Brad Dempsey

Republican congressional candidate Brad Dempsey sued Colorado Secretary of State Jena Griswold on Wednesday, April 20, 2022, to reverse a ruling that petitions he submitted for the 7th Congressional District primary were insufficient. Dempsey argues that a law allowing unaffiliated voters to vote in Colorado primaries means they should be able to sign nominating petitions.

Republican congressional candidate Brad Dempsey is suing Secretary of State Jena Griswold for a spot in Colorado's 7th Congressional District primary after her office determined his campaign didn't submit a sufficient number of valid petition signatures.

In a lawsuit filed late Wednesday in Denver District Court, Dempsey and four unaffiliated Jefferson County voters say that unaffiliated voters should be able to sign nominating petitions for major party candidates in Colorado because state law lets them vote in primary elections.

Citing Proposition 108, a 2016 ballot measure approved in 2016 that permits unaffiliated voters to cast ballots in either the Democratic or Republican primary, Dempsey said in a statement that Colorado voters made it clear that they wanted to enable unaffiliated voters to have a say on which candidates would receive the nomination from the respective major political parties in Colorado.

He added that he filed the lawsuit "to make sure that the First Amendment rights of thousands of voters who signed my petitions to nominate me to the primary ballot are fully honored."

If Dempsey and his co-plaintiffs succeed, he'll join Republicans Erik Aadland, Tim Reichert and Laurel Imer on the June 28 primary ballot for the seat held by retiring U.S. Rep. Ed Perlmutter, the Arvada Democrat who has represented the district for eight terms. Another Republican, Carl Andersen, is also suing to be included in the primary, claiming that hundreds of signatures on his petitions were wrongly rejected.

Democrat Brittany Pettersen, a Lakewood state senator, is her party's presumptive nominee in the competitive district, which covers Jefferson County, Broomfield and six mountain counties.

Under current practice, the Colorado Secretary of State's Office only considers petition signatures valid if they belong to voters registered with the same party as the candidate. Under those requirements, Dempsey fell 251 signatures short of the 1,500 required for major party congressional candidates to make the ballot. His lawsuit argues that 287 of the 983 signatures Griswold's office rejected should count because they belong to unaffiliated voters who otherwise meet the requirements to sign a petition.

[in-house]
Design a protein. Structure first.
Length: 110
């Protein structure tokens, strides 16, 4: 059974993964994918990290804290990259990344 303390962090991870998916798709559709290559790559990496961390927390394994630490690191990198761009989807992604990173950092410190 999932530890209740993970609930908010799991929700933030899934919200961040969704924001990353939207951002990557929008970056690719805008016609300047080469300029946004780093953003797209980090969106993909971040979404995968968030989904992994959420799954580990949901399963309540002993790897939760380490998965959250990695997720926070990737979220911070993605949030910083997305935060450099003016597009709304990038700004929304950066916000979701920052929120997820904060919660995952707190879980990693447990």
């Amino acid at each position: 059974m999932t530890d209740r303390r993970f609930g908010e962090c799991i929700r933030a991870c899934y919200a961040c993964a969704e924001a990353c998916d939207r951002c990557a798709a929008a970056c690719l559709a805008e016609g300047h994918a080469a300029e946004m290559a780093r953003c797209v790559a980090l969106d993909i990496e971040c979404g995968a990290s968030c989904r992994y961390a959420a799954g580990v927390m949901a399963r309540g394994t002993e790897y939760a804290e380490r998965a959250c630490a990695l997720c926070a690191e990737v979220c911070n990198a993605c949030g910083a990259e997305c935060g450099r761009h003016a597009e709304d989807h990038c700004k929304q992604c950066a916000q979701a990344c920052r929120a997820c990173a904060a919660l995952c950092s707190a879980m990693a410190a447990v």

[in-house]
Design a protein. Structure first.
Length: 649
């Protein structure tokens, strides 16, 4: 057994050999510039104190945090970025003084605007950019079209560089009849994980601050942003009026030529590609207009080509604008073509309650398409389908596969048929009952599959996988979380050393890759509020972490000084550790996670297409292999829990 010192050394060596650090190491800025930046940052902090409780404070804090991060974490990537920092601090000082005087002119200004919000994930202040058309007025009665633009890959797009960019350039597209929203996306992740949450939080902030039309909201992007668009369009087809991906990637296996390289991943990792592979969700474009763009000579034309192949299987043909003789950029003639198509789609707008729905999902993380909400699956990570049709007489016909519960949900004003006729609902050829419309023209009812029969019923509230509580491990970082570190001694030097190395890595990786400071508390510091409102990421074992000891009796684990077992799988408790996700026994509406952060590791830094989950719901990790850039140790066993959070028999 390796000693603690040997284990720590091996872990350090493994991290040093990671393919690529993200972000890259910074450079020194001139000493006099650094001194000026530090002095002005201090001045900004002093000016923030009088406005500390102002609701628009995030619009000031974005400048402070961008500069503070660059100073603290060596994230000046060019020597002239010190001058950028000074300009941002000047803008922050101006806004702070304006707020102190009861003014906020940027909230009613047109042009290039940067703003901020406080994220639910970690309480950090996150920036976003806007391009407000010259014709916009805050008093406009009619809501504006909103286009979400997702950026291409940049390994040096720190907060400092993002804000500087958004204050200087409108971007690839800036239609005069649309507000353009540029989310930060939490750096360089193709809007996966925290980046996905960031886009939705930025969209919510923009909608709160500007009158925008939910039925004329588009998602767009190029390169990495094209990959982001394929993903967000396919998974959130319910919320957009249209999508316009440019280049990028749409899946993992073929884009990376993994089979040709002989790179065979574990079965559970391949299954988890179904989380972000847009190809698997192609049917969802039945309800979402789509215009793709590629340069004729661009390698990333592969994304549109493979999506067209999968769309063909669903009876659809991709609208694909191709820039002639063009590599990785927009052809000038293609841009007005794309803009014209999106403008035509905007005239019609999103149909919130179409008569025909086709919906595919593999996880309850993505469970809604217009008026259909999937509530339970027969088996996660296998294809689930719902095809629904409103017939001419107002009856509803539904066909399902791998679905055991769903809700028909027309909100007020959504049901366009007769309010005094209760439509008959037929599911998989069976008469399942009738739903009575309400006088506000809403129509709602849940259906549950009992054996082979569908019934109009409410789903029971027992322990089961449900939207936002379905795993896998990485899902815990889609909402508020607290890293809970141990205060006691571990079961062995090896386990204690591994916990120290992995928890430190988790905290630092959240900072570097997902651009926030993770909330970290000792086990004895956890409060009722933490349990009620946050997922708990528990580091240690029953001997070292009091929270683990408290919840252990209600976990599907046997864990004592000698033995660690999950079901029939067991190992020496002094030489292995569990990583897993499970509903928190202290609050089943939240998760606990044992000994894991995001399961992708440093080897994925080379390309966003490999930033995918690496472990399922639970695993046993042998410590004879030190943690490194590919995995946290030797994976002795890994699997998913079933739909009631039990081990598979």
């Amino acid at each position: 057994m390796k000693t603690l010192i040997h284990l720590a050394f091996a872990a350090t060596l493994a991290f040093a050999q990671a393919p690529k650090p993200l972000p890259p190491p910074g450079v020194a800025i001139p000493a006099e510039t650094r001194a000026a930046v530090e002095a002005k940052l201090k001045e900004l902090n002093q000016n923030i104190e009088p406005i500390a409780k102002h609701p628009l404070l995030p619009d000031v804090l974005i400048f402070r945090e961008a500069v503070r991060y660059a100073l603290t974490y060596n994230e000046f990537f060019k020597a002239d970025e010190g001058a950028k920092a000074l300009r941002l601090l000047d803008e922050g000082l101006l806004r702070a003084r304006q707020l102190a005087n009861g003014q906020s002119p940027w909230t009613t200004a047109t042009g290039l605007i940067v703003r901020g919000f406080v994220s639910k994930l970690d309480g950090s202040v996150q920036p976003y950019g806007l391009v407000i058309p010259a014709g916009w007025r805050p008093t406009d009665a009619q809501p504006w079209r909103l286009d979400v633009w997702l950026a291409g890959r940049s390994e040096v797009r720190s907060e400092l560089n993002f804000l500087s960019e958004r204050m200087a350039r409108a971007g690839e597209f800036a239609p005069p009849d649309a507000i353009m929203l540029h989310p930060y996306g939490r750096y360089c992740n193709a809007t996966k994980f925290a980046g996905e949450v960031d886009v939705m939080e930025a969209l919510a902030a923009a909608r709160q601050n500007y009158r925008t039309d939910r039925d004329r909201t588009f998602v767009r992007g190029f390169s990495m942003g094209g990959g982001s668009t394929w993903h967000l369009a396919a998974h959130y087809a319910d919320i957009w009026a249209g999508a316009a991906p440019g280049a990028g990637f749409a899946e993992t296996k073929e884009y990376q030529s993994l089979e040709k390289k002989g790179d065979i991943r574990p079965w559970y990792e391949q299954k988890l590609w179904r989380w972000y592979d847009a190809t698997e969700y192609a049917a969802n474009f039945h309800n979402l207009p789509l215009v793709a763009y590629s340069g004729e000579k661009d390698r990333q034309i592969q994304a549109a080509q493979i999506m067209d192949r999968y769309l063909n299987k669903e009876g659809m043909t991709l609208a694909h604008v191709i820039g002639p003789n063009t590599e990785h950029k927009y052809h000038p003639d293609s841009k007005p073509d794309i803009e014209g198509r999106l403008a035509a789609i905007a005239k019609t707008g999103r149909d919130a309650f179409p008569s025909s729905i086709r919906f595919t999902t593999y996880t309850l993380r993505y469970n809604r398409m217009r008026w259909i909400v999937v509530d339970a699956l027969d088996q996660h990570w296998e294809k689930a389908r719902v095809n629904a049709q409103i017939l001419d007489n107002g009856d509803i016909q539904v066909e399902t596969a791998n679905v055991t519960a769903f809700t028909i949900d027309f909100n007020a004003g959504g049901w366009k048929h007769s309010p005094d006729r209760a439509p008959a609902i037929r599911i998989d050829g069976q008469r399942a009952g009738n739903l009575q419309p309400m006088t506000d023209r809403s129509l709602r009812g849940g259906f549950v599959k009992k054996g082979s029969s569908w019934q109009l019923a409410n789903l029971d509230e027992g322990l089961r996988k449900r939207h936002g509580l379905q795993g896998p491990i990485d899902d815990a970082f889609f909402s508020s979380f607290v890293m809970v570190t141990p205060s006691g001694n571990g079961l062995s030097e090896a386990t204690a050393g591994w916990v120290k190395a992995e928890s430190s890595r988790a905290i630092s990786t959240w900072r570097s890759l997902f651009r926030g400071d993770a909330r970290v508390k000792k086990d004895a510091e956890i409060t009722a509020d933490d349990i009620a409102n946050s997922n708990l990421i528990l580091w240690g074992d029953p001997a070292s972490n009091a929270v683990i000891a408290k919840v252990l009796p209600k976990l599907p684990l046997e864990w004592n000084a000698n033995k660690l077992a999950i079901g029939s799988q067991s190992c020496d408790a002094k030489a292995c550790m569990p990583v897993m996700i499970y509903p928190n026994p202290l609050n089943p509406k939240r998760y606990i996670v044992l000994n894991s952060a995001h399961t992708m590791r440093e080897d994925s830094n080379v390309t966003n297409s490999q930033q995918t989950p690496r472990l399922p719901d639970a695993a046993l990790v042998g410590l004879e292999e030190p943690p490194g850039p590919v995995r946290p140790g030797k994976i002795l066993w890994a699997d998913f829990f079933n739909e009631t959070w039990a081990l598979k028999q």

“In rejecting otherwise valid petition signatures from unaffiliated voters, the Secretary of State’s Office has applied old law that has been replaced by Proposition 108 and deprived voters of their right to nominate their Republican candidate of choice to the primary ballot,” Dempsey said.

His position puts Dempsey at odds with a group of Colorado Republicans who recently attempted to repeal Proposition 108, arguing that the state GOP should be able to choose its own nominees without the participation of voters who don't belong to the party. A federal judge on April 8 dismissed a request from the group to issue a preliminary injunction, which would have prevented unaffiliated voters from voting in this year's primary.

Dempsey's lawsuit points out that Griswold and other statewide officials argued in favor of maintaining Proposition 108 in that case.

"Moreover," Dempsey's lawsuit says, "the Secretary should not be heard advocating for the inclusion of Unaffiliated voters in Colorado’s primary system in recent federal case law, and then subsequently taking conflicting action to reject signatures from and exclude the very same Unaffiliated voters who have taken the initiative to sign the Petition so they can have the option to vote for Dempsey in the primary election."

A spokeswoman for Griswold, a Democrat, declined to comment on Dempsey's lawsuit, citing a policy against weighing in on pending litigation.

The case is set for a hearing Tuesday afternoon before Judge J. Eric Elliff.

Griswold faces an April 29 deadline to certify the primary ballot.

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